a set of consistent procedures before school begins every morning.
This sets the tone for learning during the school day.
The principal of the K-6 school is Lee Douglas. They have
a morning routine, which is lead by a different class each week.
The class has been rehearsed by the teacher and a different student
leads each part of the routine or ceremony.
Morning Opening Ceremony
Line Up. A teacher beats on a set of
drums and that is the signal to line up. The students
have a designated line and they hurry to line up quickly because
one primary and one elementary classroom with be selected to
receive the “Line of the Day” award. This
is nothing more than a stick with a sign at the top, but they
all want to earn it.
Pledge of Allegiance and 30 seconds of Silent Meditation.
A student leads the pledge to the flag and then asks them for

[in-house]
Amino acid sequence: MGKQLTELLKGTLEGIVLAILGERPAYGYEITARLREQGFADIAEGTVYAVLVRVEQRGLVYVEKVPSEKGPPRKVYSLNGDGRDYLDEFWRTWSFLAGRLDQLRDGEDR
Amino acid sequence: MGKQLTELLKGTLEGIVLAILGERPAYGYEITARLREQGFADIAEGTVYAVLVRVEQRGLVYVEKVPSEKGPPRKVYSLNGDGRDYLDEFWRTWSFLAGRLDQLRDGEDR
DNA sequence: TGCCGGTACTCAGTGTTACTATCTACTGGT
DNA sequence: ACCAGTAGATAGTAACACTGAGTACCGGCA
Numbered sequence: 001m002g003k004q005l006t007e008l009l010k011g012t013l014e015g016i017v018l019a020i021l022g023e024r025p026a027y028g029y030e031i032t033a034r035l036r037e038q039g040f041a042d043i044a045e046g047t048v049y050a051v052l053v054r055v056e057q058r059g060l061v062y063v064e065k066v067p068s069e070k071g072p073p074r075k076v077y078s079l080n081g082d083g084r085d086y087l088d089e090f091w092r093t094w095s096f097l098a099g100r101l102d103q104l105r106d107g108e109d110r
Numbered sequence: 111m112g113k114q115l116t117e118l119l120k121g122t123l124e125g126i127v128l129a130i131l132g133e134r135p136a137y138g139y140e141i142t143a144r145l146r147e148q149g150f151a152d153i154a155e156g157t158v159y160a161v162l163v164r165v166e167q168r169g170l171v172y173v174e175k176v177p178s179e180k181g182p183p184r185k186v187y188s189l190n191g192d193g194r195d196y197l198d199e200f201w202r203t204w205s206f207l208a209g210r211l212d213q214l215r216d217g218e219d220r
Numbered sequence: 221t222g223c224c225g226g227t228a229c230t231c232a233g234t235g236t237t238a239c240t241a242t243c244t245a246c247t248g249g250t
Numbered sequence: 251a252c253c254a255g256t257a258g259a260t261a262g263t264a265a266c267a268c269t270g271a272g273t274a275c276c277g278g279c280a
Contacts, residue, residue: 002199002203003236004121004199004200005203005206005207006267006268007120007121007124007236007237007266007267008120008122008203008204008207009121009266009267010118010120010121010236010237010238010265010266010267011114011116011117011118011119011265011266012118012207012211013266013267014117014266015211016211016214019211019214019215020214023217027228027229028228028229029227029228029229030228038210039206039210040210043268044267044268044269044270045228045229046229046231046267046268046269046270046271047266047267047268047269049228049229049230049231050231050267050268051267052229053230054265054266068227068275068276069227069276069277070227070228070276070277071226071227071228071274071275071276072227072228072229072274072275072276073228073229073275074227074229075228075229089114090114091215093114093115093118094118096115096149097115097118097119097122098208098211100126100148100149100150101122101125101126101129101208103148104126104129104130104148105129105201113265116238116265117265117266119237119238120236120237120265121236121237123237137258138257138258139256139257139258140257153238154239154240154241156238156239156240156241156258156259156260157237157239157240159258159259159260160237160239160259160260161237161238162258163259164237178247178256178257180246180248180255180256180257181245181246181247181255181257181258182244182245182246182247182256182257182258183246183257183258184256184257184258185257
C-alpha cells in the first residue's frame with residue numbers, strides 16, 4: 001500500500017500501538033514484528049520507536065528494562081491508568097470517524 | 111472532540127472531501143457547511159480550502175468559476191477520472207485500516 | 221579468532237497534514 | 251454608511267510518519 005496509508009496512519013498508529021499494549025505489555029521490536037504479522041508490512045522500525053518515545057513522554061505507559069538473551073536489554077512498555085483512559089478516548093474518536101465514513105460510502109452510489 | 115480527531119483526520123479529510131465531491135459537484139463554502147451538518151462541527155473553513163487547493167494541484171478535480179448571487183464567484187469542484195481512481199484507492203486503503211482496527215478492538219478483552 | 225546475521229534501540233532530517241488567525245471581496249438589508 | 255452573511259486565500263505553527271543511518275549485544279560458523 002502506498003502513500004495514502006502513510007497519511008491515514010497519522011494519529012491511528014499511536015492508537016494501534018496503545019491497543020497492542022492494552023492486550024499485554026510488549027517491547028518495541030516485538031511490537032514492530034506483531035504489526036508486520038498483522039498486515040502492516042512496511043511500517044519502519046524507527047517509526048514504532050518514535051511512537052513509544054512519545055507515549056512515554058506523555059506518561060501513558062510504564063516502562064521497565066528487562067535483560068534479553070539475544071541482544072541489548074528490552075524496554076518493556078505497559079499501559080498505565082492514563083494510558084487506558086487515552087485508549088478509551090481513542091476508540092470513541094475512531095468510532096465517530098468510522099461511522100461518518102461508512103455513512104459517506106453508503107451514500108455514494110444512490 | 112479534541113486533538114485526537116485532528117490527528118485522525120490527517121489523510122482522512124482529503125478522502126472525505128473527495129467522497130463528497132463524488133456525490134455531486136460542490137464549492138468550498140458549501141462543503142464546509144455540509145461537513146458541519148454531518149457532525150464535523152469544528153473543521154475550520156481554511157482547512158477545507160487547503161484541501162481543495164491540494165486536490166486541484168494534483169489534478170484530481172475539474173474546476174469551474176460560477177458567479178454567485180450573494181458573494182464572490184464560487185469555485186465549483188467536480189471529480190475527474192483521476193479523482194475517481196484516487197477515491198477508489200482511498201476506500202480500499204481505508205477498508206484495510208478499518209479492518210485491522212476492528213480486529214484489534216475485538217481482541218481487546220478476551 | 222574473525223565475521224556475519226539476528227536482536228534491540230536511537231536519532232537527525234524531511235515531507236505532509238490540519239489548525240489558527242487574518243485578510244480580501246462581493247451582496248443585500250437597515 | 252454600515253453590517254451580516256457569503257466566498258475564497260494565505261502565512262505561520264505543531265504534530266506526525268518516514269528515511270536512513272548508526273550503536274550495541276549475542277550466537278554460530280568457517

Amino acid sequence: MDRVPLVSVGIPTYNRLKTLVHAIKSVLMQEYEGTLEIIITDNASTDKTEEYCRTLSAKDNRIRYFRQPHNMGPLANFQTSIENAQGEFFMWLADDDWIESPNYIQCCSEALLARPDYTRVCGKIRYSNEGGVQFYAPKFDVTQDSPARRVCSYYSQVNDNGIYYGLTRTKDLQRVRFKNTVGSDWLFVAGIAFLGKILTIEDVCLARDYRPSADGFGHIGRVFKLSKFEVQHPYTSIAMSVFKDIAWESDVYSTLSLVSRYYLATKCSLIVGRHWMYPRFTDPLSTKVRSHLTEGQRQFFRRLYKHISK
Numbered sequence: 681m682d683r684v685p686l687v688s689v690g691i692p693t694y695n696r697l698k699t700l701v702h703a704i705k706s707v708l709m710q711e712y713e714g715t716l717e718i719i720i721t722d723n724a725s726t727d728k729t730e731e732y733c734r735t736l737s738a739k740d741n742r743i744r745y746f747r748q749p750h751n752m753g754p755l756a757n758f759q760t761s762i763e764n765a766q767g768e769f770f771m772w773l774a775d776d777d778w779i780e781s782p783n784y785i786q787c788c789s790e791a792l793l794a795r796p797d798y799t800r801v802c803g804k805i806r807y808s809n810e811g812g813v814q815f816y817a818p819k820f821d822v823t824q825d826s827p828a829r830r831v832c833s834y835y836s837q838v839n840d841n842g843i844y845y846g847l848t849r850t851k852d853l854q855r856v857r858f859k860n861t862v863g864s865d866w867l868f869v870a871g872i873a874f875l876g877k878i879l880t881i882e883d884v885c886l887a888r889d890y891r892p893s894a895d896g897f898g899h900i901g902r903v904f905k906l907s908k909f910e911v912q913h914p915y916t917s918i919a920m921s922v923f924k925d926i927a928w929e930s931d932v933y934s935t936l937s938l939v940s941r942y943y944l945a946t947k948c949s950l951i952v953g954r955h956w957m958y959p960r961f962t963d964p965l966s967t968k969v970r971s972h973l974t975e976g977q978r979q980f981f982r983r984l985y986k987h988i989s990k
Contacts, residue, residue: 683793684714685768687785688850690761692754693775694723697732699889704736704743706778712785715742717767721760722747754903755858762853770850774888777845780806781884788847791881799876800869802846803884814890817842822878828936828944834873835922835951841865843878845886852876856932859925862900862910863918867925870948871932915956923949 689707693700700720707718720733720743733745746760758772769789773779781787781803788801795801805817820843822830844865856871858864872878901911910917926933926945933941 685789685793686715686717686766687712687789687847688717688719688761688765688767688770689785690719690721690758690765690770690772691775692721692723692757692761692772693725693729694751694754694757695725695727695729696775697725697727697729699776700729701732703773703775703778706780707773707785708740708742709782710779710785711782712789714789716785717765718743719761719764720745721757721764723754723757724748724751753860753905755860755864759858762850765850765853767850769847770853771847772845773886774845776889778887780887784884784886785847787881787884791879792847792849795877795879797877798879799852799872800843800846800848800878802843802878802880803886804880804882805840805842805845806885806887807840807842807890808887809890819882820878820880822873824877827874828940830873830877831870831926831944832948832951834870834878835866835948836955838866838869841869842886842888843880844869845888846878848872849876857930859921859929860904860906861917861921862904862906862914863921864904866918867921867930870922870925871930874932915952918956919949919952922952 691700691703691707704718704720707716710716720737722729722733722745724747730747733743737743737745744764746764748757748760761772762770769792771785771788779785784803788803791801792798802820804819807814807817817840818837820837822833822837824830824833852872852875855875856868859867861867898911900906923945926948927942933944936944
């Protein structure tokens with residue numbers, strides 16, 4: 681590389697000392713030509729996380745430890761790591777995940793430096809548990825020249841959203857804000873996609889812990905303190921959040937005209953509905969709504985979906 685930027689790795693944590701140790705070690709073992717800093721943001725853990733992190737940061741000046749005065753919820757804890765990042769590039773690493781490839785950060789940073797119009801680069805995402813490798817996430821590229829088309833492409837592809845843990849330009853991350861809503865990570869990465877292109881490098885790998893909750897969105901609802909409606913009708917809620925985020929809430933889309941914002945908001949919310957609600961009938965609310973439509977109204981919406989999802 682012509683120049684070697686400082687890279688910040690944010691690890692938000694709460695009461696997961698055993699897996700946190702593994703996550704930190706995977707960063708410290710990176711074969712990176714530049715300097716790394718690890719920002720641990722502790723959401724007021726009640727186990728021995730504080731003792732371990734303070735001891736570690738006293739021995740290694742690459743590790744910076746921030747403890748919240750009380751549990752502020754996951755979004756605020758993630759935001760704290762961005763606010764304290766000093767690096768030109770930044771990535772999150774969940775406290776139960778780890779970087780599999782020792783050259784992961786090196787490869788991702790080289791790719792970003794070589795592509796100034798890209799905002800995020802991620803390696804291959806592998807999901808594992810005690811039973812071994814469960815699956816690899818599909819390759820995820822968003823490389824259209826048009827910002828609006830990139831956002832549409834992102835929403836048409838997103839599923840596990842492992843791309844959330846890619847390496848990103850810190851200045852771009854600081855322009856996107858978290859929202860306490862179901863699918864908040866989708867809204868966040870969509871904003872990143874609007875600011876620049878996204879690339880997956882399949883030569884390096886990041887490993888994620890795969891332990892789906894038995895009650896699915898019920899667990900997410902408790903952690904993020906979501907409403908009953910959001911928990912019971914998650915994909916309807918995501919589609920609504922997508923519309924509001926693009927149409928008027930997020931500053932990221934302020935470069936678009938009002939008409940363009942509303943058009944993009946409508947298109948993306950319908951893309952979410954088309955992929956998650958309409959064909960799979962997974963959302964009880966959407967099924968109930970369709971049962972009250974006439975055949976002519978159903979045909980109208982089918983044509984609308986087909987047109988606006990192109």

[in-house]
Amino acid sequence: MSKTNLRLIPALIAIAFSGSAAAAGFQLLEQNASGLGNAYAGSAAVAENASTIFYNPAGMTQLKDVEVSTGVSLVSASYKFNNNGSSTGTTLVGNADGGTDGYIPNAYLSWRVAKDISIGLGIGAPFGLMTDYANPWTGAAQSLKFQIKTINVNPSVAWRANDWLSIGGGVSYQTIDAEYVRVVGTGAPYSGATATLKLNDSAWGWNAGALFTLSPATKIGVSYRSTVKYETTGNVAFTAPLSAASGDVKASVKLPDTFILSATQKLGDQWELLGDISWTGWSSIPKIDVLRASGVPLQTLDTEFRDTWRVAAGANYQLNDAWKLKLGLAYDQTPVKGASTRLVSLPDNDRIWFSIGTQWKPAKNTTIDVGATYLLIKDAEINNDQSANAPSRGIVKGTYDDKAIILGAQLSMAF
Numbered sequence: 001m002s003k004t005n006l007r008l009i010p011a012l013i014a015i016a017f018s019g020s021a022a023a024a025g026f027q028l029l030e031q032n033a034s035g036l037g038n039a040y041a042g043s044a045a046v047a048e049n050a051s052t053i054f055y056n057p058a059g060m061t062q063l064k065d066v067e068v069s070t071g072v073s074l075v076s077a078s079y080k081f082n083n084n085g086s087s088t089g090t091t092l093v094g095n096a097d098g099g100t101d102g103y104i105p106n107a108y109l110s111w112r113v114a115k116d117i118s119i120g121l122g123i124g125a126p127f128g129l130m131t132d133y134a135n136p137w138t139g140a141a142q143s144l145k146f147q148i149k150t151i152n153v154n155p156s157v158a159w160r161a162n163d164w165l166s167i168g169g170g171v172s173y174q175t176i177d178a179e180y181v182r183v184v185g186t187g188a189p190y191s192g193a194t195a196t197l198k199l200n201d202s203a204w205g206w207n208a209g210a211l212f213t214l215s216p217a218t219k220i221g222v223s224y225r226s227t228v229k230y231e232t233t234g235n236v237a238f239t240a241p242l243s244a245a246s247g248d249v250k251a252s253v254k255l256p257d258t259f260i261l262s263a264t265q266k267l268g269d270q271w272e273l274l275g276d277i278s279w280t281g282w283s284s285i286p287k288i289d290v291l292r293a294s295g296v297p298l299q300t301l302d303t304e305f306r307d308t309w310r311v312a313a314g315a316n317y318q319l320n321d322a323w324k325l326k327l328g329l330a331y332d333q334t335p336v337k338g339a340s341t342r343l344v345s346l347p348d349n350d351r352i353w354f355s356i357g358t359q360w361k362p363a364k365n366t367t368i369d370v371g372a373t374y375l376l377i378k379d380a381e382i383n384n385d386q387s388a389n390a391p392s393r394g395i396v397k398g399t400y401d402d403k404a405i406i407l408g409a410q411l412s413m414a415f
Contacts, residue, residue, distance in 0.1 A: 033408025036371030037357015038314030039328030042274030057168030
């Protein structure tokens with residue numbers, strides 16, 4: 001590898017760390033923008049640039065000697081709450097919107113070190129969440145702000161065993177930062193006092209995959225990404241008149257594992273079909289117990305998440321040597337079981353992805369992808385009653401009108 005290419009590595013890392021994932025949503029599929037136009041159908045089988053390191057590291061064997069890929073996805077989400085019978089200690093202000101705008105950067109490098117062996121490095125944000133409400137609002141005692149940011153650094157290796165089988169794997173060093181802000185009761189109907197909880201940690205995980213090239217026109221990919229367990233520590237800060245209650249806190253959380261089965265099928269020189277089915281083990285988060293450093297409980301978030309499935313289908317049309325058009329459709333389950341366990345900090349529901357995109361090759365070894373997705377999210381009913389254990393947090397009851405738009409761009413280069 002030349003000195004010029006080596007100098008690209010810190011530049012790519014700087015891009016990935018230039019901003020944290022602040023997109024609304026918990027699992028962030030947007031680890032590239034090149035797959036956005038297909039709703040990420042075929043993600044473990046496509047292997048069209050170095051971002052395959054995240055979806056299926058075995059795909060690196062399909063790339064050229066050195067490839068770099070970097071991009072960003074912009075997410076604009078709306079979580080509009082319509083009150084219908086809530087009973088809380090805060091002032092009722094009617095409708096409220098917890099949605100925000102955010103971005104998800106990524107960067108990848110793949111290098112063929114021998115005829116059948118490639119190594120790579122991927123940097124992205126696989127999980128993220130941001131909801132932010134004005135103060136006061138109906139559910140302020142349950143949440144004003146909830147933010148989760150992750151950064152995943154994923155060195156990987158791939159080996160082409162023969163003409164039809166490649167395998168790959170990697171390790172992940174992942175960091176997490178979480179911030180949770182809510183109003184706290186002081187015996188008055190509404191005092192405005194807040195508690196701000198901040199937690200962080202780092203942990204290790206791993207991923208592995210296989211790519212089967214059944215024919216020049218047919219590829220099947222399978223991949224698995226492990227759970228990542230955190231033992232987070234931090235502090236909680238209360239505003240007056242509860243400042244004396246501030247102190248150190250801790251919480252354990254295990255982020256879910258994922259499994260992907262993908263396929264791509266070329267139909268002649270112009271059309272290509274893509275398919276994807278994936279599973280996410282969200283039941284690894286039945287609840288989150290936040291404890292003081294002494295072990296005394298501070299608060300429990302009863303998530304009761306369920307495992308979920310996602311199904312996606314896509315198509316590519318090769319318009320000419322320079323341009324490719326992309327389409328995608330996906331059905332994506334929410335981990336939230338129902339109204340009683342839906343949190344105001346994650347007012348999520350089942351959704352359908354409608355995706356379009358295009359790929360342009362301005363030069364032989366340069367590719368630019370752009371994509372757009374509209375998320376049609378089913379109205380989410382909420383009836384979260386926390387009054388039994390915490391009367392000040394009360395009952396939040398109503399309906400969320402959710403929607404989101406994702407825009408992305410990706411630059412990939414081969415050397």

30 seconds of silent meditation.
School Song (Tuesday and Friday). Another
student asks the students to join in on the singing of the school
Law of the Pack. The school mascot
is a wolf, so they refer to themselves as the wolf pack. A student
says, “Please repeat after me…”
A GRAGSON GREY WOLF IS:
Caring, Curious, Confident,
Shoes Initiative, Effort,
Perseverance, Has Integrity,
A Sense of Humor and is a Problem Solver.
Pack Slogan. A student says, “On
the Count of Three: 1, 2, 3,” or “Ready, begin…”
WE WILL BE REMEMBERED BY THE TRACKS WE LEAVE BEHIND
Pack Motto. Another student leads and
says, “On the Count of Three: 1, 2, 3,” or “Ready,
Good, Better, Best,
Never Let It Rest,
Till the Good is Better,
And the Better is Best!
The Grey Wolf Pledge. A student says,
“On the Count of Three: 1, 2, 3,” or “Ready,
I believe in myself and my ability to do my best at all
I will act in such a way that I will be proud of myself,
and others will be proud of me too.
I will not waste this day,
because this day will not come again.
Review of Weekly Life Skills. A teacher